Build your brand’s house before trying to decorate it.

Brand first. Tacticals second.

July 19, 2012

By Bridget Perez

Client: We need your help with a new website.

TRAY: Great! Tell us more about your company. Do you have a strategy in place for your brand?

Client: Hmmm…not sure what you mean. We have a logo.

TRAY: Do you know how your products and services are positioned in the competitive landscape of your industry, and what unique benefits make you different?

Client: Can we look at our competitor’s website and see how they do it?

TRAY: Well, the key to success is how you can differentiate from your competition. What are your business goals and what are you hoping to achieve with this website?

Client: We want to grow our business and make more money, of course!

TRAY: I think we need to put aside the website for a moment, and get some clarity around your brand…

(We’d like to state for the record that the above conversation is purely hypothetical and has never happened in our experience. Ever.)

It’s a natural instinct for businesspeople to want to go charging into the development of tactical communications—a cool-looking website, a memorable tagline, a content-packed Facebook page. Those are the fun parts of marketing, right? But those components will never have a positive impact on your business—and in fact, may actually hurt your business—if they don’t carry a cohesive, consistent message and image that truly reflect what your brand is about.

Foundation first: Is your brand on shaky ground?

Simply put, solid brand positioning and strategy set the stage for everything that follows. This is why, if a prospective client comes to us seeking a website re-design or any other tactical component, we first ask some basic questions to gauge how much of a handle they have on their brand. If it can’t be expressed with clarity, then it’s going to be virtually impossible to execute a meaningful website experience.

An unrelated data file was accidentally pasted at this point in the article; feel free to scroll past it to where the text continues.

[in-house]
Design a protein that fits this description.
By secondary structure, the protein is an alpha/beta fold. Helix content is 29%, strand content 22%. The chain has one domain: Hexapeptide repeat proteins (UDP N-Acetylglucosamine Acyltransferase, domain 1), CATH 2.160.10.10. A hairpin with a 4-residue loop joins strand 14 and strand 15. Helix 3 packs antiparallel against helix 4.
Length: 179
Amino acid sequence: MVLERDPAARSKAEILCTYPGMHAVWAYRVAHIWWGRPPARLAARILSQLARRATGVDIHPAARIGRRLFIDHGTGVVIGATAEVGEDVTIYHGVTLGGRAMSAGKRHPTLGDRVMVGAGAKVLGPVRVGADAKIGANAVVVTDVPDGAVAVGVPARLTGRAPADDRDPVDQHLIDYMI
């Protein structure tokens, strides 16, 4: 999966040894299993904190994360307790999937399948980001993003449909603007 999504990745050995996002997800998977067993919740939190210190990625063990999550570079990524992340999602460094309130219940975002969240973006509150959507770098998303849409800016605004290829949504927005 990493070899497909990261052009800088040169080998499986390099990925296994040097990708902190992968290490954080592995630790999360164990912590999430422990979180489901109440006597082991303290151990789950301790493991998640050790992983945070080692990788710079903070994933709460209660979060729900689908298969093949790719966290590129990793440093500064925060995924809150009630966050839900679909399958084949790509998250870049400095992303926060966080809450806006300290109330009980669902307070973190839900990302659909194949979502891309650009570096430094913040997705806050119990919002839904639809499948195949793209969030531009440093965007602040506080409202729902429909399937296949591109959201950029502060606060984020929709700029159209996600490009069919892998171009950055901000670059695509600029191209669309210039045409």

At that point we’ll take a step back and recommend a brand positioning and strategy engagement. We’ll go through a rigorous discovery period in which we learn everything there is to know about the brand and its industry, and then translate that into a platform that includes brand positioning, competitive differentiators, messaging, visual direction and more.

Ask the tough questions

Here’s just a small sampling of the questions you should be asking yourself before attempting any tactical marketing effort, whether it’s a website, a social media campaign, a trade show display, you name it.

1. What are your company’s core values?

2. What are your primary short- and long-term business goals? How do they align with your tactical marketing projects?

3. Explore the competitive landscape. Who are your competitors, and what are the differences and similarities between their companies and yours?

4. What does your company do better than anyone else? Describe how your products/services benefit people in a unique way.

5. Who are you primarily aiming to reach? Describe in detail the various needs of the audience(s).

6. Where are the opportunities for growth and differentiation in your industry, both now and in the near term?

7. How would you describe the aesthetic and voice of your company?

Some of these questions may seem easy, and some may be a struggle or require more extensive research. Laying the foundation for your brand is a critical step to having solid success in your marketing endeavors and an important investment in your company.